Future-Focusing and Toughening up Private Client Portfolios in the Face of Mounting Global Concerns
Jul 14, 2022
How should private clients in Asia go about constructing resilient, multi-asset class portfolios in the face of rising inflation and rates, geopolitical worries, ongoing supply chain disruption, and eroding valuations in the mainstream public markets? A small group of experts assembled to discuss exactly these issues on June 9 in Singapore – at an event that was kindly sponsored by MSCI They concluded that portfolio diversification is essential, that yield and value should be emphasised above growth and growth’s racy valuations, and that allocations to private assets and ESG-centric companies are increasingly important. They said that Asia is moving back into favour, with China carved out as a separate market increasingly, much like Japan some decades ago. The experts also concurred that Japan’s star appears to be rising again. And towards the end of the conversation, they agreed that the many threats around inflation, rising rates, and weaker markets would probably not, at least for now, add up to a new 1970s-style stagflation crisis.
Gareth Nicholson, CIO and Head of Discretionary Portfolio Management at Nomura in Asia, opened the discussion by stating that the Nomura house view had inclined towards caution since 2021, driven largely by headwinds relating to China and that they had been sitting on a lot of cash for some time.
“But now that we have had a large correction, have we had enough, have we hit bottom?”, he pondered. “Personally, we still think there is more pain ahead. The Fed has to keep its inflation-fighting credibility, the Fed is also behind the curve, and according to one ex-Fed board member who spoke at a recent Nomura event, they need to stay aggressive, and won’t stop until they see inflation turn around.”
The result, he extrapolated, is that investors must focus on diversification, balance and defensive assets that have more tailwinds. “And we believe that in the second half of 2022, that’s going to come from Asia,” he said, concluding his introductory remarks.
Natural limitations of cash
Audrey Goh is the Head of Asset allocation and Thematic Strategy in the Wealth Management Group at Standard Chartered Bank, and works extensively with the private bank clients as well as retail clients.
She highlighted that that the downside to moving to cash is its limited growth potential. While inflation remain elevated, the same dollar of cash may buy lesser than what it used to. For many private clients, once they move into cash, they find it very hard to time and re-enter the markets. Historically, the worst days for returns tend to be followed by the best days for returns. And that would likely mean investors would also miss the best days for returns, which as everyone knows, would be highly detrimental for performance, judging by history. “We all know that during periods where market volatility is high, we tend to get wild overshoots on both the upside and on the downside,” she said.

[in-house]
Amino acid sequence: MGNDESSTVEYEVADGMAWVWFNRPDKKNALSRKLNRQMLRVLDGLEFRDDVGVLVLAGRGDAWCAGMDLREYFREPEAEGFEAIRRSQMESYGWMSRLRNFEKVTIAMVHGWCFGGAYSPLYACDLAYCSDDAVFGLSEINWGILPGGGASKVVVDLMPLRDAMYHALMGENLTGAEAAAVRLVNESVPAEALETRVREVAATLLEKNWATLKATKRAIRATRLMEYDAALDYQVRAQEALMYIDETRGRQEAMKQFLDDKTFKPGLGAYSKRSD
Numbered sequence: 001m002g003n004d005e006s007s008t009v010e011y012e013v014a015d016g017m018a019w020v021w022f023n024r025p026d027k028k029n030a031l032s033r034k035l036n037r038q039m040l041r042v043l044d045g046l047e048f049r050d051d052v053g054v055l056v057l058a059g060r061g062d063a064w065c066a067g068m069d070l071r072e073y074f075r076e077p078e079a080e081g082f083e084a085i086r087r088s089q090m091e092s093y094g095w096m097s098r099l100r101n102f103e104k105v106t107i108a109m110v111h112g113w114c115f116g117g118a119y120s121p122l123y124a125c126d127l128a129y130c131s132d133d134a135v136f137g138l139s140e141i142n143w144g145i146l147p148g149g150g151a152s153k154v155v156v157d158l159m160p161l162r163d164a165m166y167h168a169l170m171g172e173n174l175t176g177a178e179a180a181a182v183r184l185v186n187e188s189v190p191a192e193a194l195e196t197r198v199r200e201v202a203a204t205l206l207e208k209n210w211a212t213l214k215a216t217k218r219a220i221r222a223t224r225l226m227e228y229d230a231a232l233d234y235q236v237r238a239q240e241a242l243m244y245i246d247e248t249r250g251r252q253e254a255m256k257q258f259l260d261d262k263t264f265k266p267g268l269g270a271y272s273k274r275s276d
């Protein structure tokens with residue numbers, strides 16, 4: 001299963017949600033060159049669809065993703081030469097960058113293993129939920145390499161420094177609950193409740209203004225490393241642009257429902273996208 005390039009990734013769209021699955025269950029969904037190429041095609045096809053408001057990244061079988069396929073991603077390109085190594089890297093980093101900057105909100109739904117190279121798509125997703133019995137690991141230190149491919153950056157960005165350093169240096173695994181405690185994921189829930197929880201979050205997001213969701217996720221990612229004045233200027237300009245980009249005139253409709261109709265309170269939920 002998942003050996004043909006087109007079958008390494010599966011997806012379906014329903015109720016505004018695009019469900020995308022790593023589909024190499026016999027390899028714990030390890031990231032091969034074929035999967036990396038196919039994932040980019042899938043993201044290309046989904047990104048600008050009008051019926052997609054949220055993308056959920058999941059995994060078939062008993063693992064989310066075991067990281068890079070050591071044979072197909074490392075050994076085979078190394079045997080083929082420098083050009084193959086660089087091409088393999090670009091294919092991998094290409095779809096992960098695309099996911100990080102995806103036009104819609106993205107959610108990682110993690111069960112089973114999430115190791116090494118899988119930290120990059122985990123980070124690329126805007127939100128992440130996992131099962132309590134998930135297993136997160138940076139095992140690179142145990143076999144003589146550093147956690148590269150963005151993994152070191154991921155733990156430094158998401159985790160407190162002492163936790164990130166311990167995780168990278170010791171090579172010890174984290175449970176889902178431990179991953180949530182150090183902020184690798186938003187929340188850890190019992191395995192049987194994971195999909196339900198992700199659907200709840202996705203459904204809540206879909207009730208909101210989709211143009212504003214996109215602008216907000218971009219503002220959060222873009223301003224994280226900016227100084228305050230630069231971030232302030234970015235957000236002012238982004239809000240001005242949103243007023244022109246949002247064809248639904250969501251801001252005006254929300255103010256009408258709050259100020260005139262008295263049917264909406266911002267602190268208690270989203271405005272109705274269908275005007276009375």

Accordingly, she explained that from an advisory perspective, they can also work with clients to shift to a more defensive stance and more cash flow generating stocks, in line with their overall risk tolerance.
“And we look at diversifying portfolios into less volatile areas such as private assets, or maybe even in the alternative space where year to date they have actually done quite well relatively,” she reported. “For clients who adopt those strategies, they tend to be able to stick to their own investment portfolio for longer, ultimately benefiting their wealth generation over the long term.”
Shoring up the defences
Juan Aronna, Head of Investments for Asia and the British Isles with RBC Wealth Management, said that faced with all the uncertainties in the world and markets, they had adopted a robust view on what they call ‘fortress stocks’.
“These stocks have moats and defences such as powerful brands, the network effect, and other factors, of which the most important is the capacity to pass on inflation to consumers, such as the Apples of this world,” he told guests.
He added that the high dividend yield space is another area that had been performing relatively well this year. On the fixed-income side, he explained that they had trended towards short duration debt and private debt, which are less affected by rates. And he said they had implemented long-short positions. But in general, he agreed there were not many places to hide during these times.